High schools in the UK are normally called secondary schools or senior schools especially if they are private (or independent as we say in the UK). All high (secondary) schools must by law educate children up to the age of sixteen when they will sit their GCSE (general certificate of secondary educations) examinations. These examinations normally comprise 7 or 8 subjects of which mathematics and English are compulsory.
After GCSEs students may continue with A (advanced) level studies for another two years after which they may go to university where they will normally spend 3 years obtaining a degree rather than the usual 4 years.
A level exams are equivalent to: a) IB (international baccalaureate), b) AP (advanced placement exams), c) first year university in most countries.
A levels are unusual because universities normally demand only 3 subjects to be taken as examinations in order to qualify (sometimes 4). Indeed because of this concentration and focus, A levels are very attractive to international students.
Private Colleges in the UK
In the UK Private High Schools are generally called Private Colleges for A levels. What is special about private A Level colleges?
The first thing to say about private A Level colleges is that they are a part of a larger group of independent High Schools in Britain. There is no doubt that this sector includes many of the best schools in the world. They are highly selective, using competitive entry examinations and interviews to choose talented and motivated pupils. This emphasis on high achievement is reflected in the schools’ excellent exam results, which enable their students to enter the top British universities. For example, 50% of all undergraduates at Oxford and Cambridge have previously been schooled in the independent sector, even though only 8% or so of school students are educated privately.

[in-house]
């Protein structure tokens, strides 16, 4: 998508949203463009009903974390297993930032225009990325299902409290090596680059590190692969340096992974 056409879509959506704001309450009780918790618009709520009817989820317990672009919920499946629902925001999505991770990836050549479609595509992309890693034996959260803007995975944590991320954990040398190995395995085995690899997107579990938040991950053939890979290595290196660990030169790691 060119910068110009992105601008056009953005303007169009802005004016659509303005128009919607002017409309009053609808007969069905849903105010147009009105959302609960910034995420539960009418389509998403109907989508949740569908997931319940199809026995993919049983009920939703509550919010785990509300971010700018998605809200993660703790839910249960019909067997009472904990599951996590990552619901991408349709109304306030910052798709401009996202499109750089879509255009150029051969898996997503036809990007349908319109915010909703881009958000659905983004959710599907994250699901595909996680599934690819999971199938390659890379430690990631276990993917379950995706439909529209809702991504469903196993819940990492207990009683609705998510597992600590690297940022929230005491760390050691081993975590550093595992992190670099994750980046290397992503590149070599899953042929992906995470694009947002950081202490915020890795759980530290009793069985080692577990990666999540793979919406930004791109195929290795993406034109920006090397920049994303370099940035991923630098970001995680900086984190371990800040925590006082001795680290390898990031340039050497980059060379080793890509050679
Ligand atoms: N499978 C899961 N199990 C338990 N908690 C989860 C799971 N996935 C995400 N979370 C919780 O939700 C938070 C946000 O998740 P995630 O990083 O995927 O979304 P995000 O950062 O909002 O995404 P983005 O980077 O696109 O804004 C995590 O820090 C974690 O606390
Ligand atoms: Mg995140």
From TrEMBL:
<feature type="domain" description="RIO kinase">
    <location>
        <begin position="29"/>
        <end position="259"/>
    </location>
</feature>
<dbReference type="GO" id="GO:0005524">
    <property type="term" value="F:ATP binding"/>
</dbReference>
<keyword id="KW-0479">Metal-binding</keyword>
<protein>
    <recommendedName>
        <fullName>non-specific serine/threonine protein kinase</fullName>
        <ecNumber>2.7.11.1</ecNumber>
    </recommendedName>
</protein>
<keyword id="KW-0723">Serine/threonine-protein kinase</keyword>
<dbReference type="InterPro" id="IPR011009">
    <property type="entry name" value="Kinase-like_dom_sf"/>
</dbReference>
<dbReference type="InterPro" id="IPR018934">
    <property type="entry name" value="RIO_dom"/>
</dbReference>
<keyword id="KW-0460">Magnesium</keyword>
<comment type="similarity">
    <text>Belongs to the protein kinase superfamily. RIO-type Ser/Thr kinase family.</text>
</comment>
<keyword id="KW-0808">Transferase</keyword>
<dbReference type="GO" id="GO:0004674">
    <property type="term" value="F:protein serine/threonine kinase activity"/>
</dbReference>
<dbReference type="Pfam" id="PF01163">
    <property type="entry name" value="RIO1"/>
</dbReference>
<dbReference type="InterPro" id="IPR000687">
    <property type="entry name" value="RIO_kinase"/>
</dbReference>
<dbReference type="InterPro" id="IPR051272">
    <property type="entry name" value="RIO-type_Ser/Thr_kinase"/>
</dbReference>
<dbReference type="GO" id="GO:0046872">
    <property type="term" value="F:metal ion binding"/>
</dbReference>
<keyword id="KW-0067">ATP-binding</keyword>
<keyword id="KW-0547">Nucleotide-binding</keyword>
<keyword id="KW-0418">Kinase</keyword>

Private A Level Colleges are a special form of High (or senior) School, which focus on Advanced Level (A Level) examinations and students in the age group of 16-18. This is the most significant difference between colleges and more traditional High Schools; they are also less traditional (no school uniforms or bells) and are universally co-educational (many private High Schools are single- sex throughout the school or at least in the lower years). Private colleges adopt a ‘grown-up’ approach to education and so help students prepare for the freedom that they will experience when they arrive at university. They also offer a broader range of subjects and are much more flexible with a variety of points of entry: for example, all private colleges offer one-year A Level programmes. They also focus on individual attention, organizing classes in very small groups with plenty of teaching time and exam preparation. Many students decide on a private college in order to ensure the best possible academic results.
Ashbourne College in Kensington exemplifies all of these qualities, as well as having its own distinctive culture and friendly atmosphere. It has a balance of British and international students, who enjoy a remarkable array of extra-curricular activities, as well as achieving exceptional academic results and university placements. Rated as ‘Outstanding’ by OFSTED, it is one of the most highly regarded private colleges in London.